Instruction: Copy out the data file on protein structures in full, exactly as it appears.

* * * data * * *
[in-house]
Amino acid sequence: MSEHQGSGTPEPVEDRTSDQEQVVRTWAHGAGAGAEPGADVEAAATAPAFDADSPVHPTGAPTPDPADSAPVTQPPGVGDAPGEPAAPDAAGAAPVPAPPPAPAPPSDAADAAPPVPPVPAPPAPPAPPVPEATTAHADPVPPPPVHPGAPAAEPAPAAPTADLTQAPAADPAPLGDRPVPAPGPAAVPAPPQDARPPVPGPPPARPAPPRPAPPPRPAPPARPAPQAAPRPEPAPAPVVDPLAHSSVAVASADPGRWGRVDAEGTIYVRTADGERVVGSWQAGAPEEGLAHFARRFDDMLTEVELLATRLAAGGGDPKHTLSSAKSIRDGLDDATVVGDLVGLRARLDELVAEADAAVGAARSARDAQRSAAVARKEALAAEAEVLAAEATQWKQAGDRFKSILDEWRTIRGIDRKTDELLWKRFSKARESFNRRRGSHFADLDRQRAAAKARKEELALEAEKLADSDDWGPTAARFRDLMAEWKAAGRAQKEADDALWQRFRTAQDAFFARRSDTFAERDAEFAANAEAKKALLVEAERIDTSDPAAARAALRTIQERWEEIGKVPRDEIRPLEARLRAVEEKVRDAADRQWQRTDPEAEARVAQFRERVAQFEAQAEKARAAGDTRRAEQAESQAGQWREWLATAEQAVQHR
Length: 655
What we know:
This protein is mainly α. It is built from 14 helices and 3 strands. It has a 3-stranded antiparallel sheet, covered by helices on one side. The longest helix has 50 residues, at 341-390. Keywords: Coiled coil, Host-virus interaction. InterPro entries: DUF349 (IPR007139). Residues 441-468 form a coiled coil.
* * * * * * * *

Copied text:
[in-house]
Amino acid sequence: MSEHQGSGTPEPVEDRTSDQEQVVRTWAHGAGAGAEPGADVEAAATAPAFDADSPVHPTGAPTPDPADSAPVTQPPGVGDAPGEPAAPDAAGAAPVPAPPPAPAPPSDAADAAPPVPPVPAPPAPPAPPVPEATTAHADPVPPPPVHPGAPAAEPAPAAPTADLTQAPAADPAPLGDRPVPAPGPAAVPAPPQDARPPVPGPPPARPAPPRPAPPPRPAPPARPAPQAAPRPEPAPAPVVDPLAHSSVAVASADPGRWGRVDAEGTIYVRTADGERVVGSWQAGAPEEGLAHFARRFDDMLTEVELLATRLAAGGGDPKHTLSSAKSIRDGLDDATVVGDLVGLRARLDELVAEADAAVGAARSARDAQRSAAVARKEALAAEAEVLAAEATQWKQAGDRFKSILDEWRTIRGIDRKTDELLWKRFSKARESFNRRRGSHFADLDRQRAAAKARKEELALEAEKLADSDDWGPTAARFRDLMAEWKAAGRAQKEADDALWQRFRTAQDAFFARRSDTFAERDAEFAANAEAKKALLVEAERIDTSDPAAARAALRTIQERWEEIGKVPRDEIRPLEARLRAVEEKVRDAADRQWQRTDPEAEARVAQFRERVAQFEAQAEKARAAGDTRRAEQAESQAGQWREWLATAEQAVQHR
Length: 655
What we know:
This protein is mainly α. It is built from 14 helices and 3 strands. It has a 3-stranded antiparallel sheet, covered by helices on one side. The longest helix has 50 residues, at 341-390. Keywords: Coiled coil, Host-virus interaction. InterPro entries: DUF349 (IPR007139). Residues 441-468 form a coiled coil.